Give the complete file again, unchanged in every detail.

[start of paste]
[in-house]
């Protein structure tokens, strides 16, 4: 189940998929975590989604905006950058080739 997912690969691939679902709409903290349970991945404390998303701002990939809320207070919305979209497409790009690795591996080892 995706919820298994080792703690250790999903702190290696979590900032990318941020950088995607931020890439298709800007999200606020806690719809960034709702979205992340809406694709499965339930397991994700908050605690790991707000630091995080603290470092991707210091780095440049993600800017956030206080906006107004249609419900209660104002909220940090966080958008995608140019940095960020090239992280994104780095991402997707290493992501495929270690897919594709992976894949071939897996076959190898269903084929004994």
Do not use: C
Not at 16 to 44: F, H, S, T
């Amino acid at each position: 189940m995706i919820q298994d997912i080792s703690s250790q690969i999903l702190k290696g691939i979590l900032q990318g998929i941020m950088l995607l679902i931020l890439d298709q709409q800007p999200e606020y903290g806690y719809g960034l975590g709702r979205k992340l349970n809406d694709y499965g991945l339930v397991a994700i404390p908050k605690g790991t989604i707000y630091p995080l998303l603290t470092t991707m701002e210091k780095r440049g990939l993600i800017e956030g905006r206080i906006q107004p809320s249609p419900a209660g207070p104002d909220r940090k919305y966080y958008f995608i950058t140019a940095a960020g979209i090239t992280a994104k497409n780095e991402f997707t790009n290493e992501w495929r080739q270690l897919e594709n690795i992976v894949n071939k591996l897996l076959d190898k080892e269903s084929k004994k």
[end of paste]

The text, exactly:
[in-house]
């Protein structure tokens, strides 16, 4: 189940998929975590989604905006950058080739 997912690969691939679902709409903290349970991945404390998303701002990939809320207070919305979209497409790009690795591996080892 995706919820298994080792703690250790999903702190290696979590900032990318941020950088995607931020890439298709800007999200606020806690719809960034709702979205992340809406694709499965339930397991994700908050605690790991707000630091995080603290470092991707210091780095440049993600800017956030206080906006107004249609419900209660104002909220940090966080958008995608140019940095960020090239992280994104780095991402997707290493992501495929270690897919594709992976894949071939897996076959190898269903084929004994």
Do not use: C
Not at 16 to 44: F, H, S, T
């Amino acid at each position: 189940m995706i919820q298994d997912i080792s703690s250790q690969i999903l702190k290696g691939i979590l900032q990318g998929i941020m950088l995607l679902i931020l890439d298709q709409q800007p999200e606020y903290g806690y719809g960034l975590g709702r979205k992340l349970n809406d694709y499965g991945l339930v397991a994700i404390p908050k605690g790991t989604i707000y630091p995080l998303l603290t470092t991707m701002e210091k780095r440049g990939l993600i800017e956030g905006r206080i906006q107004p809320s249609p419900a209660g207070p104002d909220r940090k919305y966080y958008f995608i950058t140019a940095a960020g979209i090239t992280a994104k497409n780095e991402f997707t790009n290493e992501w495929r080739q270690l897919e594709n690795i992976v894949n071939k591996l897996l076959d190898k080892e269903s084929k004994k």